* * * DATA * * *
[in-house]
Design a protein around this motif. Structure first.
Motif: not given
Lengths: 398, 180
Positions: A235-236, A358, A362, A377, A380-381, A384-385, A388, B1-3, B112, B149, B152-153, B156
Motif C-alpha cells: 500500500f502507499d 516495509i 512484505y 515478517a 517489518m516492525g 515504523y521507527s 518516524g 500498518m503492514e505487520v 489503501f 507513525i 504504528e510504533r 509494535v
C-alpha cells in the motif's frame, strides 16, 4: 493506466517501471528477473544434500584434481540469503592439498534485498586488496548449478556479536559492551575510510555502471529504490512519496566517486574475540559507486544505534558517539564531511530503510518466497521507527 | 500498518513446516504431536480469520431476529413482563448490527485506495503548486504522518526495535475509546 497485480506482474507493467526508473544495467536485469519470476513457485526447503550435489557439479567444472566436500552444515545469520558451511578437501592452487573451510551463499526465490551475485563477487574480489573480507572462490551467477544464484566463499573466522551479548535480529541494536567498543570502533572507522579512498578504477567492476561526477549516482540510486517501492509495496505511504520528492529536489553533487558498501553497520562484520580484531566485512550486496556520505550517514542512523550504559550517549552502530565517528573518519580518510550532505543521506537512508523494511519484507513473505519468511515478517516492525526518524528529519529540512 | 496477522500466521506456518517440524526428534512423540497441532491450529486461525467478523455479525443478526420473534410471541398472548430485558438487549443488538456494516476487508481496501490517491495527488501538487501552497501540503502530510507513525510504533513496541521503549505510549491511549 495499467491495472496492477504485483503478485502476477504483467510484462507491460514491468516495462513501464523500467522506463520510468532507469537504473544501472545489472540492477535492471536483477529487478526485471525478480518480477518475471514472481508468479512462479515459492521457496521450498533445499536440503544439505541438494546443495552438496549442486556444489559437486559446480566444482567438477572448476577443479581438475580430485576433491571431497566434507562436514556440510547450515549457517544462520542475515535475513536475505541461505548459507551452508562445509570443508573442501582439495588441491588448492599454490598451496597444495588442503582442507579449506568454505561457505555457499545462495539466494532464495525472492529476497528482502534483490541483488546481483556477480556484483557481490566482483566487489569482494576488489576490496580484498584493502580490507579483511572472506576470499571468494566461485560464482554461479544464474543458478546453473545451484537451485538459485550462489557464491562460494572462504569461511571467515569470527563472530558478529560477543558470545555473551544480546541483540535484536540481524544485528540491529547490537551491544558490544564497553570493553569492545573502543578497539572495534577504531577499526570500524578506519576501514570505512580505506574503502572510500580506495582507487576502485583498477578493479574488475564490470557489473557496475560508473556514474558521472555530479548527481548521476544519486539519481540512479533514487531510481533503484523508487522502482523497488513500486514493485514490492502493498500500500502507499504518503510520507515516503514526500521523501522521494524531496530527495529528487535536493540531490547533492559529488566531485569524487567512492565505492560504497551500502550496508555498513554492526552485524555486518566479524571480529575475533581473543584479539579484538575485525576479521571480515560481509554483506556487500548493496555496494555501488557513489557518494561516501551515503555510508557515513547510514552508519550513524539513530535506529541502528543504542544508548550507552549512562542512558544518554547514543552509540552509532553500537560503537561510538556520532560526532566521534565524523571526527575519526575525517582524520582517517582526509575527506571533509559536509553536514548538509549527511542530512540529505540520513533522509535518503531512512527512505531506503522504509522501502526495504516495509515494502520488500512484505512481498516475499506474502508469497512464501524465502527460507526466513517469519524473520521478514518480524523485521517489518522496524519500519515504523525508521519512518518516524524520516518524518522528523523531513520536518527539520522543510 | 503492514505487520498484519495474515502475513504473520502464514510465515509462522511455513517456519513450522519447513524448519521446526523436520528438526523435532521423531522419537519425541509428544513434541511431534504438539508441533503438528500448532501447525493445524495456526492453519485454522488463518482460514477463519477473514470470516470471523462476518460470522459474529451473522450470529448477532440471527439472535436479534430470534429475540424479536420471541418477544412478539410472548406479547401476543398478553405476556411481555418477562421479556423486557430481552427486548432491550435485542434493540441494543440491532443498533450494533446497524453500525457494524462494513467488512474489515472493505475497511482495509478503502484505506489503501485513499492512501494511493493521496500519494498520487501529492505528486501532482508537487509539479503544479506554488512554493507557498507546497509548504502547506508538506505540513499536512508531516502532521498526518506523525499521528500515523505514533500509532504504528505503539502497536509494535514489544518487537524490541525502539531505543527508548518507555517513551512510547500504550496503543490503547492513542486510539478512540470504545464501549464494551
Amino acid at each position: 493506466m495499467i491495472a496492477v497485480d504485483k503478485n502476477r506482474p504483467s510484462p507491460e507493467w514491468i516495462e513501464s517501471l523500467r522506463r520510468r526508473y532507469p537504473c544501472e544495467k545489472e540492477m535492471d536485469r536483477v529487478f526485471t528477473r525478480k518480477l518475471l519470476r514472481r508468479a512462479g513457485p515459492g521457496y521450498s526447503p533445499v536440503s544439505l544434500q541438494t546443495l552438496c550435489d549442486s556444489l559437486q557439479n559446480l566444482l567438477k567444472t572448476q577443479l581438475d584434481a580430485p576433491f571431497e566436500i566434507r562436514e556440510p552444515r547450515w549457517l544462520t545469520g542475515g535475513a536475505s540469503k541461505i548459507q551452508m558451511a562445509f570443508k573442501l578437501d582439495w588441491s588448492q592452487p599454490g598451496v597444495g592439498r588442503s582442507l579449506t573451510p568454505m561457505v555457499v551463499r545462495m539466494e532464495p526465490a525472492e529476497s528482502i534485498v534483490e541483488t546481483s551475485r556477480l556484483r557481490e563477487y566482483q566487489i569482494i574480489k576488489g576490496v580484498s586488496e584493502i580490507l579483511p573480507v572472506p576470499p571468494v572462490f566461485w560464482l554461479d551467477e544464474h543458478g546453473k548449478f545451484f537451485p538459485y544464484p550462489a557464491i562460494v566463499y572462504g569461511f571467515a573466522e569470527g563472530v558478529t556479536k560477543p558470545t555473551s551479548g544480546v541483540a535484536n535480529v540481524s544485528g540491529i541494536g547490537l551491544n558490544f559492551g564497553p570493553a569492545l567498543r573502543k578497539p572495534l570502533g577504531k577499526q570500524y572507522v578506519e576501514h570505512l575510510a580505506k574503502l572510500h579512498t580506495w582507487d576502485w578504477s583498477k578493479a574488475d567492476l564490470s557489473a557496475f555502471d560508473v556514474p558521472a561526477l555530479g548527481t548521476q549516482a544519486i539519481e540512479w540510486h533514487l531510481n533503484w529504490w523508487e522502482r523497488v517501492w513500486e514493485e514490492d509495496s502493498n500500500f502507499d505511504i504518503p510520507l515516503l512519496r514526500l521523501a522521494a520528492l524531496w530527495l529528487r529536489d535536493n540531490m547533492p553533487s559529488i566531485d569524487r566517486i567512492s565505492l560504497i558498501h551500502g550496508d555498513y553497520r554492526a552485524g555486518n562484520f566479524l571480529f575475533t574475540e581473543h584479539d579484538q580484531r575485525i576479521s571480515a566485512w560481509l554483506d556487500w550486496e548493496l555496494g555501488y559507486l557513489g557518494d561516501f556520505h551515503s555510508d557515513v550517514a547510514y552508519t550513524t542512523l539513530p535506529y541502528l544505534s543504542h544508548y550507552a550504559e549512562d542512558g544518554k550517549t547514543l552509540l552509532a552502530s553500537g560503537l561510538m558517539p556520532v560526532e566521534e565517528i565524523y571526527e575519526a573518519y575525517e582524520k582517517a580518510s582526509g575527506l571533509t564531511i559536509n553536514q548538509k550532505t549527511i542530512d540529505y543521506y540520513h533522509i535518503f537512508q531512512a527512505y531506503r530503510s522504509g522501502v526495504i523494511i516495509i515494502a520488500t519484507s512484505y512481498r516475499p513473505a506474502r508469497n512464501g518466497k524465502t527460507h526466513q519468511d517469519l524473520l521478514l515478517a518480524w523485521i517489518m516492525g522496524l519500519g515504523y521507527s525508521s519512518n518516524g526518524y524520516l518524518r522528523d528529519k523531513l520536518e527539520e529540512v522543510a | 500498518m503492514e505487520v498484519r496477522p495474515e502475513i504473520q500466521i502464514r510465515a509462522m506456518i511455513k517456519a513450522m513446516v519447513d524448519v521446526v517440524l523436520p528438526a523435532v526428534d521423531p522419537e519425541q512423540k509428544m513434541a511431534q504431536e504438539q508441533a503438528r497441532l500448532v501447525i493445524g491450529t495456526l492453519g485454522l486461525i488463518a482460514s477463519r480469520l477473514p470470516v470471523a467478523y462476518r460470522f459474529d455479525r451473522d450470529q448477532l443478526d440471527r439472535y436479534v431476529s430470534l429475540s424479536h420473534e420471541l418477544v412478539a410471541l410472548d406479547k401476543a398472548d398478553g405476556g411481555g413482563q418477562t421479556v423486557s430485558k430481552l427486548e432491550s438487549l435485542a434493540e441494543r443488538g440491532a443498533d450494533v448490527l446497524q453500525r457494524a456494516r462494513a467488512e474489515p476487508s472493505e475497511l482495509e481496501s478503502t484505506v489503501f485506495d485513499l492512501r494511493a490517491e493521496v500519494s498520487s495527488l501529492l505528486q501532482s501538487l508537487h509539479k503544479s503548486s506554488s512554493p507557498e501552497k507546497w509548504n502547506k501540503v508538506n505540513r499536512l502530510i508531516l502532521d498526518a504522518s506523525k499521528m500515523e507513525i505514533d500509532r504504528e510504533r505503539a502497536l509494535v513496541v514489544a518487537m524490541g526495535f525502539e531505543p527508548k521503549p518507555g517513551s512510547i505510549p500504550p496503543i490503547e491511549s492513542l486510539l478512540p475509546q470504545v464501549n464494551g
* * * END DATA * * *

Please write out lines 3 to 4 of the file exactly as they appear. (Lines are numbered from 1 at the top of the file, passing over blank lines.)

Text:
Motif: not given
Lengths: 398, 180